Dock icons can be magnified in case your Dock is crowded with apps, but otherwise it’s easy to use and functions well.
Mac power users can even hide the Dock out of view. Other than launching apps, what does the Dock do? It’s something of a switcher, making it easy to move from one app to another with a click.
What the Dock does not do is tell you much. Roll the onscreen pointer over a Dock icon and about the best you can hope for is the app’s name. Right-click on the icon in the Dock and you might get a few options.
If you want more, try using DockView instead. This cute little Mac app is one that Apple should buy and incorporate into OS X’s Dock.
If your Mac’s screen becomes cluttered with too many open apps, each of which have a few open windows, then finding a specific file can be a click, click, click challenge. DockView ends that with a simple preview of each app.
Click on the DockView image above to view a larger, pop up view of the DockView previews.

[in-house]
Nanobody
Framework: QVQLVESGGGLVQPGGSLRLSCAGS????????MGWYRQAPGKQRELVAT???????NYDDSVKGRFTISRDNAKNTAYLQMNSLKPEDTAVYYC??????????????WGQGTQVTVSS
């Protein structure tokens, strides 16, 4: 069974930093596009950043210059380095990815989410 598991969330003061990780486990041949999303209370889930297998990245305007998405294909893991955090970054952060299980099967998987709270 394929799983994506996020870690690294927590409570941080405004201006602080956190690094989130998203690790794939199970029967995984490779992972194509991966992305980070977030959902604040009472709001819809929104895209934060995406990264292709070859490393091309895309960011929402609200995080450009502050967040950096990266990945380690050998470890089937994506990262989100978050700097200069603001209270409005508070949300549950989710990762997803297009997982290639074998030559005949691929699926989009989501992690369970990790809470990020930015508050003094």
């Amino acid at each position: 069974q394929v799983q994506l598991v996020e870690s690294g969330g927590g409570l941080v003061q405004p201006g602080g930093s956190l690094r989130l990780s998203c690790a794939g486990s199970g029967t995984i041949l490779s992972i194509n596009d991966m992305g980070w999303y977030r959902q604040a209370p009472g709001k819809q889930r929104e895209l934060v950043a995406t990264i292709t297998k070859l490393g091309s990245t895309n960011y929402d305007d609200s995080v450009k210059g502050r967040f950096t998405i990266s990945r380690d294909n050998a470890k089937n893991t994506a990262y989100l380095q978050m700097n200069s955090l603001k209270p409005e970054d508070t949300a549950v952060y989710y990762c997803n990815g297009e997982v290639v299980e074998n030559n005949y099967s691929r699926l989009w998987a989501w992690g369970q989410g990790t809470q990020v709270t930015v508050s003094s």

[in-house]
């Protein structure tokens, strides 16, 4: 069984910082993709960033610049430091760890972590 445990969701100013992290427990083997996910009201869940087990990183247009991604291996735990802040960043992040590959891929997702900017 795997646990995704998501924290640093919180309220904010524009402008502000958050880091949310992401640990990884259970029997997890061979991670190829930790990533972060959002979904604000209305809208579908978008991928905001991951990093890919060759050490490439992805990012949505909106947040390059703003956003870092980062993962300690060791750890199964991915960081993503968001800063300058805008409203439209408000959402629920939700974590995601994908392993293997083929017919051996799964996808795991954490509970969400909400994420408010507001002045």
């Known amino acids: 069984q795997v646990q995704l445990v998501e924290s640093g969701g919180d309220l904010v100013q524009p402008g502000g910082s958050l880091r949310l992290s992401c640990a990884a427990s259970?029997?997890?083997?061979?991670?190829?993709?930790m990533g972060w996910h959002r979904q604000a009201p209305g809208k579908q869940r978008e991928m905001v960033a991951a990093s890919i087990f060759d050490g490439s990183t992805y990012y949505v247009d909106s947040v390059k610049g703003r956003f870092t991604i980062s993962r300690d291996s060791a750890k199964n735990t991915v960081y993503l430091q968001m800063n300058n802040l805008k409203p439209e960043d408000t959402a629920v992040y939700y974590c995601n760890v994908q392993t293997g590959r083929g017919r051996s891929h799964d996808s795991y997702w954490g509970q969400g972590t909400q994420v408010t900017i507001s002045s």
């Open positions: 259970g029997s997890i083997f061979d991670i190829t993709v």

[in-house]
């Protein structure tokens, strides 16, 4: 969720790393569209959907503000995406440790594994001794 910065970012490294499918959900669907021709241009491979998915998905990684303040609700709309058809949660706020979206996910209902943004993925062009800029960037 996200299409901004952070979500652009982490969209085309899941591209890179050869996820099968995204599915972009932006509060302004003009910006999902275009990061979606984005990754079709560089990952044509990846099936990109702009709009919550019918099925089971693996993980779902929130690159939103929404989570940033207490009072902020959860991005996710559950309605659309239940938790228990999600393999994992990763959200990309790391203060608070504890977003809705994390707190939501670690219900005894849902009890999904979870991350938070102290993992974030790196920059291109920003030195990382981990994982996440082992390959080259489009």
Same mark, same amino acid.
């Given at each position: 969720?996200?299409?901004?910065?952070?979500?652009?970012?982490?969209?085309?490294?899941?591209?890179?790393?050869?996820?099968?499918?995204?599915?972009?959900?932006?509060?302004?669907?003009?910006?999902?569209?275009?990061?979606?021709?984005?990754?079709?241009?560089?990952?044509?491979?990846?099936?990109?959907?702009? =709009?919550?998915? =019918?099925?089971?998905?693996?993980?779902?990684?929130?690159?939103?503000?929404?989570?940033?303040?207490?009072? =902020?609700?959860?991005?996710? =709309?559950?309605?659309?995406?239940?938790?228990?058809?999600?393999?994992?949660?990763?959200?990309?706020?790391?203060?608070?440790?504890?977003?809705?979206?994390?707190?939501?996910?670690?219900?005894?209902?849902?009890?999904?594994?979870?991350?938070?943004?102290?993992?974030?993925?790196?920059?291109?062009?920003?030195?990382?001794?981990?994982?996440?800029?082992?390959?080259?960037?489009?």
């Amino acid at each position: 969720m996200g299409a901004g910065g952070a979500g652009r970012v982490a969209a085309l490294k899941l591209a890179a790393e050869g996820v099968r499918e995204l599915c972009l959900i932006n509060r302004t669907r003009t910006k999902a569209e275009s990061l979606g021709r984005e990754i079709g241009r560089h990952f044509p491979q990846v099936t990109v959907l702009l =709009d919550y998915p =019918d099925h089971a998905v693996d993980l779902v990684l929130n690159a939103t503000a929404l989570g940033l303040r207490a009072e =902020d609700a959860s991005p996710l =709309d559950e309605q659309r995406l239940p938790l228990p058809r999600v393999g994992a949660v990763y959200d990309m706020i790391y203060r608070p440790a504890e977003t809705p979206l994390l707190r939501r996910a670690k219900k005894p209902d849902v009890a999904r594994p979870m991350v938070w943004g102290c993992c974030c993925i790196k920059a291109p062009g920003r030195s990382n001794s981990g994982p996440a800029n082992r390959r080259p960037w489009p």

Simply hover the screen pointer (mouse or trackpad) over the icon in the Dock. DockView pops up and displays the open window and gives you keyboard shortcuts to open the one you want.
It doesn’t stop there, though, within the app’s Dock icon you’ll see a colorful badge which indicates the number of windows that app has open.
Click on a preview to activate that window. Or, close windows. Or, use DockView to control certain Mac apps such as iTunes, Calendar, Mail and more.
DockView is handy, clever, useful, and inexpensive. Do you need DockView? Only if clutter on the screen makes it an extra effort to find a specific app, and bring a specific app window to the front.
I call it useful eye candy.